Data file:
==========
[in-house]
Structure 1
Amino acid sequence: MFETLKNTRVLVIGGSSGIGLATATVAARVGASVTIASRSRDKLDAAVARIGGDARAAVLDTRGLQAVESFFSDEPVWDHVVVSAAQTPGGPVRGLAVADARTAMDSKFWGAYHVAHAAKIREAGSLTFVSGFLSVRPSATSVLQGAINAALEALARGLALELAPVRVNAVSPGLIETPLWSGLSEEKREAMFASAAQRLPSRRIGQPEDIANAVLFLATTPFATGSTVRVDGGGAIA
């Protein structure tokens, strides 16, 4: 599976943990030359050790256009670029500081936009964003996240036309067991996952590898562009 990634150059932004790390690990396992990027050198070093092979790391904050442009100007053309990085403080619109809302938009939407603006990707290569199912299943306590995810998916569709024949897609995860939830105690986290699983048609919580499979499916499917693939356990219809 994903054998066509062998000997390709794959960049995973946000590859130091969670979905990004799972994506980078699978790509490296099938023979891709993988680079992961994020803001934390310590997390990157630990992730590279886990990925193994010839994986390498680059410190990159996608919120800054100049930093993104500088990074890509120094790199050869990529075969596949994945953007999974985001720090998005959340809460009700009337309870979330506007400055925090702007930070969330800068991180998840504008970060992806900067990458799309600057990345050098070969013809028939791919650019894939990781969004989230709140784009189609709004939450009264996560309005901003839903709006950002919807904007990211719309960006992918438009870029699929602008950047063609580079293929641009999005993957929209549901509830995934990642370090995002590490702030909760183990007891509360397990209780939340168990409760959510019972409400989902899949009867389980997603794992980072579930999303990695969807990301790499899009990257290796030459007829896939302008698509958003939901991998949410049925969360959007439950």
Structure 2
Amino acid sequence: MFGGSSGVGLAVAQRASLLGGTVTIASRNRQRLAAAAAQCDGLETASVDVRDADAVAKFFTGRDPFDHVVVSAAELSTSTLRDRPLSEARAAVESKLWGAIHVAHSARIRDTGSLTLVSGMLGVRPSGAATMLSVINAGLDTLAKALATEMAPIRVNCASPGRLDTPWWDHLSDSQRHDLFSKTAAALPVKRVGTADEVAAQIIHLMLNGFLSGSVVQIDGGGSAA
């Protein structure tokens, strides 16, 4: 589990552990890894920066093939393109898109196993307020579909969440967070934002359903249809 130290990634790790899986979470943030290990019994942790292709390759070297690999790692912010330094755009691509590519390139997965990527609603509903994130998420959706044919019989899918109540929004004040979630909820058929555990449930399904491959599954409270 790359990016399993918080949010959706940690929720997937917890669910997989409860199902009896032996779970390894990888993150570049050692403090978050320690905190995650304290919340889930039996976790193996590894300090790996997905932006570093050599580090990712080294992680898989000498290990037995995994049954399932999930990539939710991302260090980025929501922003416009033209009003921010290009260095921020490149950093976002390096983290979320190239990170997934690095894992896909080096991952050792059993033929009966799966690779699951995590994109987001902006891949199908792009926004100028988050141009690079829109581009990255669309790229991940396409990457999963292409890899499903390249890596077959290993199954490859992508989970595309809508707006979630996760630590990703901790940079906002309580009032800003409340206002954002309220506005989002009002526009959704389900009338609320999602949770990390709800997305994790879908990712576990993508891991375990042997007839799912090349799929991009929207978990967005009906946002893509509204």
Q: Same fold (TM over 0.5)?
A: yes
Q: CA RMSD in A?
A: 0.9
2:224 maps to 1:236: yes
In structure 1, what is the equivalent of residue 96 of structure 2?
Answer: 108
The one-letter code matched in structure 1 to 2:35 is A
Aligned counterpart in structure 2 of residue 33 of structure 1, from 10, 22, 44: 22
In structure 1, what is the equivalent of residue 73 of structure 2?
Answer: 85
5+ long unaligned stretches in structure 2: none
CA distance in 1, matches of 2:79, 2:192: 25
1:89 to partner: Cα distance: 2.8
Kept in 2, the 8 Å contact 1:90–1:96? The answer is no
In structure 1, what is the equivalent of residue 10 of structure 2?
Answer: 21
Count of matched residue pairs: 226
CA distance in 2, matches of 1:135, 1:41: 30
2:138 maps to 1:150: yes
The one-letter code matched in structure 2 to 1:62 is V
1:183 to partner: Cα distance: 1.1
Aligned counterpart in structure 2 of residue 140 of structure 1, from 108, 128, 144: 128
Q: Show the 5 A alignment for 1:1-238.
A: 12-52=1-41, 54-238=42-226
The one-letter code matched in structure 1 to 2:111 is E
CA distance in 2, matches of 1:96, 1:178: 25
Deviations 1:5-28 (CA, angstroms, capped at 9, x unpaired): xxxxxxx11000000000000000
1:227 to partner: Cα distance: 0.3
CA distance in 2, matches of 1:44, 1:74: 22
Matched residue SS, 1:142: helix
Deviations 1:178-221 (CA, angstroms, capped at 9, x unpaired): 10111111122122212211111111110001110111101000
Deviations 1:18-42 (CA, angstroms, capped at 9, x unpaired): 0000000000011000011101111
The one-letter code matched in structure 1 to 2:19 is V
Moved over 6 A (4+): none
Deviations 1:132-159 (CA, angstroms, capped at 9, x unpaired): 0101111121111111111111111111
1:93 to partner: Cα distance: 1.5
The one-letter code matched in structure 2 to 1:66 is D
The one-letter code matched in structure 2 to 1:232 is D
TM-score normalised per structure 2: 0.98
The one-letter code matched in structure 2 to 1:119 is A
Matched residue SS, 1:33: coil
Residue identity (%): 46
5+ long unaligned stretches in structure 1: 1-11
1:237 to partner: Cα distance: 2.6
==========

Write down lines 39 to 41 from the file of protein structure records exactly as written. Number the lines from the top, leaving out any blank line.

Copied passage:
Deviations 1:178-221 (CA, angstroms, capped at 9, x unpaired): 10111111122122212211111111110001110111101000
Deviations 1:18-42 (CA, angstroms, capped at 9, x unpaired): 0000000000011000011101111
The one-letter code matched in structure 1 to 2:19 is V